As I’ve discussed in previous blog posts, cavities typically don’t cause pain or sensitivity. However, tooth pain or sensitivity is a common chief complaint from patients. Dentists go through many tests to find out the cause of pain. We do this to arrive at a solution so that our patients can be comfortable. Sometimes, the solution requires treatment. Other times, the solution can be as simple as changing toothpastes. Each week, for the coming month, I will explore a different type of tooth sensitivity.
Below are some common forms of cold sensitivity or pain. I explore root causes and potential solutions as a guide to supplement discussions you have with your Kitchener Dentist.
Sensitivity to Cold
This is a really common finding among patients. For some people, the sensitivity is so severe that they can no longer tolerate drinking even room temperature water. So, what are the causes of intense cold sensitivity and what can be done to provide relief?
Typically, cold sensitivity is the result of exposed dentin. Dentin is the tooth layer right under your outer layer of enamel. There is no nerve supply to your enamel so it is resistant to cold. There is nerve supply to your dentin. So, how does your dentin become exposed?
- Gum recession. When gums recede, they reveal tooth root which is made up of dentin. If your root is no longer insulated by gum tissue, you may experience mild-extreme cold sensitivity.
- Enamel Wear/Attrition. Typically, patients who grind their teeth will experience loss of enamel over time. This commonly occurs on the biting surfaces of teeth. When the enamel wears off, it exposes dentin. Again, this dentin can be very, very sensitive to cold.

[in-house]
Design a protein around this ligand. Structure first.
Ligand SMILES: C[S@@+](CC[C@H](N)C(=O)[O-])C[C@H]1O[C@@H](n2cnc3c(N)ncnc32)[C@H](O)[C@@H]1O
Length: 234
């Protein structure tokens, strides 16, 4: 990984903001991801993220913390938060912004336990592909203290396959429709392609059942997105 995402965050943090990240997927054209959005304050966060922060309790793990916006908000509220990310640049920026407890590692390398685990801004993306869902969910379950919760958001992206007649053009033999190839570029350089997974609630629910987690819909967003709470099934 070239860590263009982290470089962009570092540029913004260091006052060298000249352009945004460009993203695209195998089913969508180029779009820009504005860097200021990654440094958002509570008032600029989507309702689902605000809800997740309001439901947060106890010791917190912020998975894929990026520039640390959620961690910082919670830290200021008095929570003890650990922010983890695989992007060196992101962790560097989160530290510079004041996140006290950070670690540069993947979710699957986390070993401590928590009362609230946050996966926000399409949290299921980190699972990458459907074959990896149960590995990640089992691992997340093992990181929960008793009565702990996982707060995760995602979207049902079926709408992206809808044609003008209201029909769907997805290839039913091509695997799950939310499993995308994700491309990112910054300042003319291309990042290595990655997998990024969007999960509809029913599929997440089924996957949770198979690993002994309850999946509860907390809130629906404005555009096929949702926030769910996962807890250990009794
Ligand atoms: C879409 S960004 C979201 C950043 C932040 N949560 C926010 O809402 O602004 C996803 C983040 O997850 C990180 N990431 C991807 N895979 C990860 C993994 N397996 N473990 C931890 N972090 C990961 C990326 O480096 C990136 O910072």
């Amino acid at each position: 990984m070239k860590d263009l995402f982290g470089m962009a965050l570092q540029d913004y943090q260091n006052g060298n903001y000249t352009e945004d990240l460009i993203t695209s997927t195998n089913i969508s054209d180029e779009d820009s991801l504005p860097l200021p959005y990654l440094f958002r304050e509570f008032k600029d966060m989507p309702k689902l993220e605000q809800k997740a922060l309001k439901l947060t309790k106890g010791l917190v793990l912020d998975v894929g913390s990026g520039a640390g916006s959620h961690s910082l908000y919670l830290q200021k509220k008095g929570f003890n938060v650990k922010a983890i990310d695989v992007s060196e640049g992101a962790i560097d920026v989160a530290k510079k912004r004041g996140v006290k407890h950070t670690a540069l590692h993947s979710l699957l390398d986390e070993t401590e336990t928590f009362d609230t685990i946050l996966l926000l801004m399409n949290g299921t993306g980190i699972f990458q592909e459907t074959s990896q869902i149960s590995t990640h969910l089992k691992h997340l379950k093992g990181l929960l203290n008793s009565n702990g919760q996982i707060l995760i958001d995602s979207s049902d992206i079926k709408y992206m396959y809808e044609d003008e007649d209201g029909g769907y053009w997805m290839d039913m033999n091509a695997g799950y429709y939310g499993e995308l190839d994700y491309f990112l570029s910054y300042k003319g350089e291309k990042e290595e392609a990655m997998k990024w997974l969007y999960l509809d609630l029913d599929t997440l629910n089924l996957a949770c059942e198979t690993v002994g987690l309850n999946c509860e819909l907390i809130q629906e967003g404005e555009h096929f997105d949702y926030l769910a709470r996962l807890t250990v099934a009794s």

Dentin on the tooth root or on the biting surfaces will usually look bright yellow and sometimes orange. If you see these areas in your mouth, they are likely to be contributing to sensitivity you experience. What can you do about it?
Cold Sensitivity Treatment Options From Your Kitchener Dentist!
Let’s start with the most conservative and least invasive options first. If these work, you may not need treatment. Let’s see if we can save you time and money.
- Anti-Sensitivity Toothpaste. If you don’t already use an anti-sensitivity toothpaste, try one! Sensodyne is the most popular brand. Colgate and Crest now make anti-sensitivity toothpastes as well. It may take 1-2 weeks to notice improvement.
- Topical Desensitizers. Your Kitchener Dentist can apply topical liquids to your sensitive teeth to help diminish sensitivity. Sometimes this has a big effect. Other times, you may still experience residual sensitivity. If either of the first two options work, it won’t cost you much and you won’t have to undergo dental treatment.
- Root/Tooth Sealants. Your Family Dentist can apply dental filling or sealant material to sensitive roots or areas of dentin exposure on the biting surfaces of your teeth. This will cover the hypersensitive areas and provide immediate relief.
- Gum Grafting (Connective Tissue Grafting). This works only for sensitivity due to gum recession. Gum tissue from the roof of the mouth is placed over exposed roots. This treatment rebuilds gum tissue lost to recession.
Ask your Kitchener Dentist about these potential options for alleviating moderate-extreme cold sensitivity. If you would like to discuss options for alleviating tooth sensitivity with me, please call us at (519) 576-8160 or request a consult here.
Thanks for reading!
Written by Dr. Kyle Hornby, Kitchener Dentist
This article is intended to promote understanding of and knowledge about general oral health topics. It is not intended to be a substitute for professional advice, diagnosis or treatment. Always seek the advice of your dentist or other qualified healthcare provider with any questions you may have regarding a dental condition or treatment.